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May 2018
Linking Beneficial Ownership Transparency to Improved Tax Revenue Collection in Developing Countries
by Wilson Prichard

Recent years have witnessed an accelerating push to expand access to information on the beneficial ownership of corporate entities, in an effort to bring greater transparency to multinational corporation (MNC) tax strategies, identify personal tax-evading wealth held overseas and combat global networks of criminality and corruption. This effort remains in its infancy, but has made…

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November 2017
Assisting Developing Countries in Taxation after the OECD’s BEPS Reports: A Suggested Approach for the Donor Community
by Michael C. Durst

This paper explores how the international donor community might most productively offer technical assistance to developing countries in the area of taxation, in light of the OECD’s recently completed study of ‘base erosion and profit shifting’ (BEPS). The paper addresses both the political and the technical constraints facing developing country tax administrations. It recommends that…

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November 2017
How Can Governments of Low-Income Countries Collect More Tax Revenue?
by Mick Moore & Wilson Prichard

It is widely believed that the governments of many low-income countries, and especially the relatively poor performers, should be aiming to increase the proportion of GDP they raise in tax revenue. There are risks in emphasising increasing revenue at the expense of other objectives. Governments also need to be concerned with questions of equity, efficiency,…

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October 2017
How Kenya has Implemented and Adjusted to the Changes in International Transfer Pricing Regulations: 1920-2016
by Attiya Waris

A large proportion of international trade in goods and services is conducted between what are known technically as related parties. In practice, most of this trade is between different companies forming part of the same transnational corporate grouping. This is typically highly integrated in economic and financial terms, while legally appearing as a set of…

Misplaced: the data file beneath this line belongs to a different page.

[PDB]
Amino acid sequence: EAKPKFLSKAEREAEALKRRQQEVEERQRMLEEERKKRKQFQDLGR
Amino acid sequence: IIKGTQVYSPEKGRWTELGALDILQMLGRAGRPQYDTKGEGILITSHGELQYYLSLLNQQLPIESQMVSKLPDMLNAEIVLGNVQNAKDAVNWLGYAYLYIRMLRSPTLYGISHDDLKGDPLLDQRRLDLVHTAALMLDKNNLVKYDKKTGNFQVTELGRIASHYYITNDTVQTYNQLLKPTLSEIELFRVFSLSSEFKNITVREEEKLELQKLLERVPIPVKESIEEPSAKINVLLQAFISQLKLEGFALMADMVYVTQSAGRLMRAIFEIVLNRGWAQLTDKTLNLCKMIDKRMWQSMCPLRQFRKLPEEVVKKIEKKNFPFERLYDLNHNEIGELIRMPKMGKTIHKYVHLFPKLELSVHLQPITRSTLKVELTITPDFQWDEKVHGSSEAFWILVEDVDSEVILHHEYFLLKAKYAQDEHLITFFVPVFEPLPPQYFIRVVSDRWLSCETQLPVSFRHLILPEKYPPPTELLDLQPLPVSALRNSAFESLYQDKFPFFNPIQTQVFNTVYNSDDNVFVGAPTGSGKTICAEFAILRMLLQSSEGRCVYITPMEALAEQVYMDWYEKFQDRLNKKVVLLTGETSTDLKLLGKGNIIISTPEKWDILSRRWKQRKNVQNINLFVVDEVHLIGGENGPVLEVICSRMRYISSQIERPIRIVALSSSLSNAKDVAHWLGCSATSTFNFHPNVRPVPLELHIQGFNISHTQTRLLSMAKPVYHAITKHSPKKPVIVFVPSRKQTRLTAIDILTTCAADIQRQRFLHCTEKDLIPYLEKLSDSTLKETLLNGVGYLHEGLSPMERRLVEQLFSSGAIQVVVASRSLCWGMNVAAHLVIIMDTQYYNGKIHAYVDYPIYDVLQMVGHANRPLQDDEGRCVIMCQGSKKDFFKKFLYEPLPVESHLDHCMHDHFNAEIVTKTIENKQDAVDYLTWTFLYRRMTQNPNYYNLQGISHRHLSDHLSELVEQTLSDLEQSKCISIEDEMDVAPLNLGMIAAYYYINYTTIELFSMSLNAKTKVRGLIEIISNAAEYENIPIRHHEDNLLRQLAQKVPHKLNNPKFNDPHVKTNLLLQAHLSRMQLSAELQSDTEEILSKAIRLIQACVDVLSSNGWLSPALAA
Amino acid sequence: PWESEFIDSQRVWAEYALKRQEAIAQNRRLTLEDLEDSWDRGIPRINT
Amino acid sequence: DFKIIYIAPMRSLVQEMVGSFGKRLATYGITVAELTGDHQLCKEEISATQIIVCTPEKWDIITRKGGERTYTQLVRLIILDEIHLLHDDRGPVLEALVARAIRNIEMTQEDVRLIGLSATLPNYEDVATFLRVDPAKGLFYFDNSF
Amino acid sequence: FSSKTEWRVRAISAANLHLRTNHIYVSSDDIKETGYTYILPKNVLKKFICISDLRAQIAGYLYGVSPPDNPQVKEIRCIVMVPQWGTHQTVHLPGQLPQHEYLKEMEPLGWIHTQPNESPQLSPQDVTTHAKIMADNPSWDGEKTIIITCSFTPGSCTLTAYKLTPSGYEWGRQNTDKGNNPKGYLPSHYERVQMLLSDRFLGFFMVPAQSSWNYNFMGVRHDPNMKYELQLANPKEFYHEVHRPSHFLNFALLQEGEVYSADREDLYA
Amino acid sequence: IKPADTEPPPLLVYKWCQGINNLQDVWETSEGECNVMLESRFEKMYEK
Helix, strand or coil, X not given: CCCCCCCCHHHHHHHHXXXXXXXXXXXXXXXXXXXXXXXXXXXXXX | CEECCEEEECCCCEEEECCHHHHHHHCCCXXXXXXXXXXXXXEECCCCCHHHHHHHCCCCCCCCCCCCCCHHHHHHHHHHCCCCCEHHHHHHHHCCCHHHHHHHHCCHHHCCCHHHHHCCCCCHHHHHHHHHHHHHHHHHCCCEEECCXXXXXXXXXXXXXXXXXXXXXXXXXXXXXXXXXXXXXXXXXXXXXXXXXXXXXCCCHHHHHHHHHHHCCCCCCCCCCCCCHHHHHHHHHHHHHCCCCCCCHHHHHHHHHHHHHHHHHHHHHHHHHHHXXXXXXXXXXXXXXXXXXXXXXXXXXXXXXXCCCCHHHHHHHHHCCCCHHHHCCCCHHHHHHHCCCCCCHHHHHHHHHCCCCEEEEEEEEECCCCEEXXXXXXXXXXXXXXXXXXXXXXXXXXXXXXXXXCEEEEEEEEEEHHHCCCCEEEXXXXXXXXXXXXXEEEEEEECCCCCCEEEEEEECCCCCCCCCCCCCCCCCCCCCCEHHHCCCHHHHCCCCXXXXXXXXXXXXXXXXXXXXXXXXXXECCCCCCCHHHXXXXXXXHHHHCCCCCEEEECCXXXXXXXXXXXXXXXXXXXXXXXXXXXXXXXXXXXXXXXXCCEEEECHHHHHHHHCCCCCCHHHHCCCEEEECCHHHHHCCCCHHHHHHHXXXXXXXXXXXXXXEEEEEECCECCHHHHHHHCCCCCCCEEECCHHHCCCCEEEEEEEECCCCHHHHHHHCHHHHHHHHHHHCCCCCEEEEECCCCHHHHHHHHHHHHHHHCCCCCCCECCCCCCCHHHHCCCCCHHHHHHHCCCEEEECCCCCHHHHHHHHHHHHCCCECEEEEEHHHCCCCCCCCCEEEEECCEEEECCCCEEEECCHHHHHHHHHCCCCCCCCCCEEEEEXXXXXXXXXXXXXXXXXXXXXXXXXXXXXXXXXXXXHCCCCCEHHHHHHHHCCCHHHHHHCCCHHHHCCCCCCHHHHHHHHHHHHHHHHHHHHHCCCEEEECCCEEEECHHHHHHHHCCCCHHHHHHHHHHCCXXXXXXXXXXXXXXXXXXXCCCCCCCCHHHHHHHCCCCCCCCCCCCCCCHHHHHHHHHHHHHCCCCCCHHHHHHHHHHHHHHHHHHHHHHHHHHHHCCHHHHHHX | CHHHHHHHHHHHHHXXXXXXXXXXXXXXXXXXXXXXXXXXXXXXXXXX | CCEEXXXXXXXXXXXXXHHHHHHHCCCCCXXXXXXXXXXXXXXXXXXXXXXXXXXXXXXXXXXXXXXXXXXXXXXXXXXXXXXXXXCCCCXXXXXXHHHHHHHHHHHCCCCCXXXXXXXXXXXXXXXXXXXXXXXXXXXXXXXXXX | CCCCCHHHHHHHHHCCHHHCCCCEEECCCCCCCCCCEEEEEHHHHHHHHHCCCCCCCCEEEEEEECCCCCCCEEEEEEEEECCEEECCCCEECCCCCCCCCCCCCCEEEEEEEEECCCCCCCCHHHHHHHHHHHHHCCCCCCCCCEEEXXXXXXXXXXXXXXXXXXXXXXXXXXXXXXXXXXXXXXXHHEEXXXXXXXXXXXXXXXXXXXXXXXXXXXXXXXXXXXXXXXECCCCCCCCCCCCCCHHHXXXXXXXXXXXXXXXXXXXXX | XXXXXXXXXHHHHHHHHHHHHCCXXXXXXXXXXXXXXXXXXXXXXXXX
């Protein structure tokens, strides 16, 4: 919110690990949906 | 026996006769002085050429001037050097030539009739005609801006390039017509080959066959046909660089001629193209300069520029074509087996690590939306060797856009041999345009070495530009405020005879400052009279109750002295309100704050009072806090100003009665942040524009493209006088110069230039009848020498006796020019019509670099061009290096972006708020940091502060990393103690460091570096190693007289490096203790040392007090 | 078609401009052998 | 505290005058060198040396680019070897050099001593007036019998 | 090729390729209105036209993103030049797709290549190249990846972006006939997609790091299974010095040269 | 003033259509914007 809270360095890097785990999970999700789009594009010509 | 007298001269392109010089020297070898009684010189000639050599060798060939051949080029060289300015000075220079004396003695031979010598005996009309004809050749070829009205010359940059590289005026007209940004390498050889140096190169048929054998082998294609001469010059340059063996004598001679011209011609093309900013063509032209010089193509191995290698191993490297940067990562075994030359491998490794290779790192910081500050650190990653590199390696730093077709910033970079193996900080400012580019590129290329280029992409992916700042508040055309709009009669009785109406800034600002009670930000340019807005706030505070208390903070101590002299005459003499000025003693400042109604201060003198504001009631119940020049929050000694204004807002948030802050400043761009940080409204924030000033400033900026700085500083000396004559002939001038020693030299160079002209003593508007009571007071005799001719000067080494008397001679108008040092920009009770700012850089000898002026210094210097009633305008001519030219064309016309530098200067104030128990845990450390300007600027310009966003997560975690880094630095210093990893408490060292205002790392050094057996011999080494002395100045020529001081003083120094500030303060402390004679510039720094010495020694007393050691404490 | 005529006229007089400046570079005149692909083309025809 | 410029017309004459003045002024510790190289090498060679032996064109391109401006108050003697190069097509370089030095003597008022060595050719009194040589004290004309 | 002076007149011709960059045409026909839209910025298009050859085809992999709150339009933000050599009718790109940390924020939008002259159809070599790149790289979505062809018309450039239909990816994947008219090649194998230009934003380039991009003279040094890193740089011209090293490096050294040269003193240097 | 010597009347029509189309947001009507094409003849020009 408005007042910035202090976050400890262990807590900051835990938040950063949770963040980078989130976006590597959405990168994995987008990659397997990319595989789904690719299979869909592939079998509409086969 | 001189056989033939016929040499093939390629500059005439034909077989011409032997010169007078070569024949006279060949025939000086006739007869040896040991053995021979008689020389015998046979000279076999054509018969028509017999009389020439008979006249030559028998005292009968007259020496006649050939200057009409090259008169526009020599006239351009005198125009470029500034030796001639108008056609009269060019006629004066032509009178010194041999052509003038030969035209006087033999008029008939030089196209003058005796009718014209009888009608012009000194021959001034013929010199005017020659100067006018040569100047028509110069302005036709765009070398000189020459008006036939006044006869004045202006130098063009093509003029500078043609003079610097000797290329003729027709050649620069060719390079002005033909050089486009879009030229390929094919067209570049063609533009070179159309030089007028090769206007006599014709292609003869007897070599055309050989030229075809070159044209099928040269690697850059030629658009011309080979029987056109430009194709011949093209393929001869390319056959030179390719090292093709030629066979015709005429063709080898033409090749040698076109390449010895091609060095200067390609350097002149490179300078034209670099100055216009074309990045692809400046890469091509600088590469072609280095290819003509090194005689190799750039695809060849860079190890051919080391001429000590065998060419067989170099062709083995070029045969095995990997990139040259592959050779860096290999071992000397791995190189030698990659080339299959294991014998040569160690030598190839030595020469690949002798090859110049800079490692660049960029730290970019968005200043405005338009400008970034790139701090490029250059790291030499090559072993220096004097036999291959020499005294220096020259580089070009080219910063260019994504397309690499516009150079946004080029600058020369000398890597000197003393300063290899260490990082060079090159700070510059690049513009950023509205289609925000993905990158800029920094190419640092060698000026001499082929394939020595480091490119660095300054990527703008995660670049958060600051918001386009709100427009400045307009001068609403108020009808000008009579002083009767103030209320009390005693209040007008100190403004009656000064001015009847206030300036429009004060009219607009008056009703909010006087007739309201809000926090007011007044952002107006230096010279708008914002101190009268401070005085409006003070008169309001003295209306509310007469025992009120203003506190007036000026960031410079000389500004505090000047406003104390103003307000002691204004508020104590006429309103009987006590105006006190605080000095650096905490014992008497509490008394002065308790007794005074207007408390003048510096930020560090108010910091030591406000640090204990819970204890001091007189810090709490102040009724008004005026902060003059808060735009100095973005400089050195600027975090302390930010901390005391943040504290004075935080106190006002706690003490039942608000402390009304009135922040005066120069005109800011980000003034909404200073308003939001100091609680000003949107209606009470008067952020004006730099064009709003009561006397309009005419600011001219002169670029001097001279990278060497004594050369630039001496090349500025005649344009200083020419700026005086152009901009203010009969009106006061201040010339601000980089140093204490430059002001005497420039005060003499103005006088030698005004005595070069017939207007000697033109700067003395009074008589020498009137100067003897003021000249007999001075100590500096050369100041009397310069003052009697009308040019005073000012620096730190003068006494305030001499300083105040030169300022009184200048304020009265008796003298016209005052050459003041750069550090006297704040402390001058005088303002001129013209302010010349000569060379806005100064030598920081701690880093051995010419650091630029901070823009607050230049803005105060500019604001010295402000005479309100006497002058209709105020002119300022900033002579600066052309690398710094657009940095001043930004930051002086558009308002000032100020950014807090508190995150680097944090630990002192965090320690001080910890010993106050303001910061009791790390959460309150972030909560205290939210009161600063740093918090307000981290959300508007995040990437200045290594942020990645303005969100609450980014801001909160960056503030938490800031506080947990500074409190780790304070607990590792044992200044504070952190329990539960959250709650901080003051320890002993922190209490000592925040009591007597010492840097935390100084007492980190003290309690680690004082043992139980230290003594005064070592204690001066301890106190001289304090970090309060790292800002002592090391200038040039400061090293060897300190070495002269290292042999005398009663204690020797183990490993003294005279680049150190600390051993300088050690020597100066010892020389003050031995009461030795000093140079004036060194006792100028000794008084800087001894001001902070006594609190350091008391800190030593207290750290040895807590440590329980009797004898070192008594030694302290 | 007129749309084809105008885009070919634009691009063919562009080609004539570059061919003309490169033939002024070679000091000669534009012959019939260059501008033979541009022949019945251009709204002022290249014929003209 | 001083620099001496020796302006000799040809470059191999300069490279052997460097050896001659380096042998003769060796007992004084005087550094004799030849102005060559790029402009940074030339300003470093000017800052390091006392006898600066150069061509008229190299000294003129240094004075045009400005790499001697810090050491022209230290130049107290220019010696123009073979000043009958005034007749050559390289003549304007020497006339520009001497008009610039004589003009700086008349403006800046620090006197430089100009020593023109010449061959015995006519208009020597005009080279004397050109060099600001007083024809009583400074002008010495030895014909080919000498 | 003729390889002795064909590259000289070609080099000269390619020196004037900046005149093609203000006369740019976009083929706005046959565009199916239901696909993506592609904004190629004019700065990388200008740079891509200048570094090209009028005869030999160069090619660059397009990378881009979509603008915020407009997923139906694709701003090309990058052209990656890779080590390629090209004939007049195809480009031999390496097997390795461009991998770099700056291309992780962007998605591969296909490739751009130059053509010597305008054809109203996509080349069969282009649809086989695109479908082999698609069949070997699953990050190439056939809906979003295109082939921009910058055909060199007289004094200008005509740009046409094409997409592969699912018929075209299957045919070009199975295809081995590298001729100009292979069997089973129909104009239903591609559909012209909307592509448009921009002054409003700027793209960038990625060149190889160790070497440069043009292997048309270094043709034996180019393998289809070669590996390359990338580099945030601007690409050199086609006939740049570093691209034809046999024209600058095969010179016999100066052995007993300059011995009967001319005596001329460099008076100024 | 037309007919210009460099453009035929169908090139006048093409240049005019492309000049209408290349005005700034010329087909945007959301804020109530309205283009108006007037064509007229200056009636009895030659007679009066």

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Blogs:

November 2018
by Martin Hearson & Wilson Prichard

States are currently struggling to reach global agreement on the taxation of digital firms such as Apple and Google, suggesting that an international regime characterised by impressive coherence over a century may be beginning to fragment. While work on the politics of the international tax regime is still largely preoccupied with the US, a ‘great power’, this fragmentation largely…

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August 2018
by Kas Sempere

What does tax justice mean at the local level, and how can the experiences of informal market traders be linked with broader international campaigns? This blog draws out insights from ActionAid’s experience of incorporating the demands of market traders in Nigeria into its international tax justice campaign.

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May 2018
by Maya Forstater

Professor Sol Picciotto recently wrote an article which responds to a paper I wrote on the question of what is meant by “illicit financial flows” (IFFs) and in particular whether tax avoidance and tax planning by multinational enterprises should be included in the concept. As a reader of the ICTD website it is likely that…